This study uses novel administrative data to characterize the institutional resources, indicators of social organization, and structural determinants of development for the neighborhoods surrounding 195 preschools across nine U.S. cities. Using latent profile analysis, preschool neighborhoods were grouped into four profiles reflecting different combinations of community characteristics. These neighborhood profiles predicted low-income preschoolers’ (N = 1,230; M age = 4.18 years) language/literacy, executive function, and approaches to learning at the end of the 2009 or 2010 academic year, with particularly positive outcomes in communities characterized by high physical disorder and unaffordability, as well as in those marked by high community resources and physical order and low residential mobility. Findings highlight the multidimensional realities of low-income children’s preschool community environments and offer new directions for characterizing educational contexts. (author abstract)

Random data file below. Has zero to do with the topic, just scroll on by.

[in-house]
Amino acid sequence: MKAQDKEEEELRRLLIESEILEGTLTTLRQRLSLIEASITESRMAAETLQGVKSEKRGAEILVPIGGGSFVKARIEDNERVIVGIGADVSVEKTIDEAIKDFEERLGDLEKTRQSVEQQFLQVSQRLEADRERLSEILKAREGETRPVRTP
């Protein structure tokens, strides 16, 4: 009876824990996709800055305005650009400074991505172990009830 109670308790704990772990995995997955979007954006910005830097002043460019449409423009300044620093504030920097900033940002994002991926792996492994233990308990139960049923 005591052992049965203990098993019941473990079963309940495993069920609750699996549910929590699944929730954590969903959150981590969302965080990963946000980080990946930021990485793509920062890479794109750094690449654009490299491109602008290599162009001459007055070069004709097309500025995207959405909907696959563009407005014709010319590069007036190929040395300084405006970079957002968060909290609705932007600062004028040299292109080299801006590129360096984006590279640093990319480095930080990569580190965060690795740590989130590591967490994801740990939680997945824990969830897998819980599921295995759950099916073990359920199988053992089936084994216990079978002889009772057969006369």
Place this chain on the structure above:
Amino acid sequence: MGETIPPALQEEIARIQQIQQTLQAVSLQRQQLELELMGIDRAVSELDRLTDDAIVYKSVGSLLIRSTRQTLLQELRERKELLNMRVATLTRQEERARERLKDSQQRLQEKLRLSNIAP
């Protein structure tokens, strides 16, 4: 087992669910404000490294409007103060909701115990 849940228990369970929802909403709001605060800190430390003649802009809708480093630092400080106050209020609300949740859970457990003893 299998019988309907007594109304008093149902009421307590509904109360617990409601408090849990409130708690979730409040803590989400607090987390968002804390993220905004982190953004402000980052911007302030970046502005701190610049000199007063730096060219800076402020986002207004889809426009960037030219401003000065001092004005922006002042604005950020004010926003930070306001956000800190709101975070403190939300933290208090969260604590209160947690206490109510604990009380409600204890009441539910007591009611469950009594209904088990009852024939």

Pushing the boundaries of education research: A multidimensional approach to characterizing preschool neighborhoods and their relations with child outcomes
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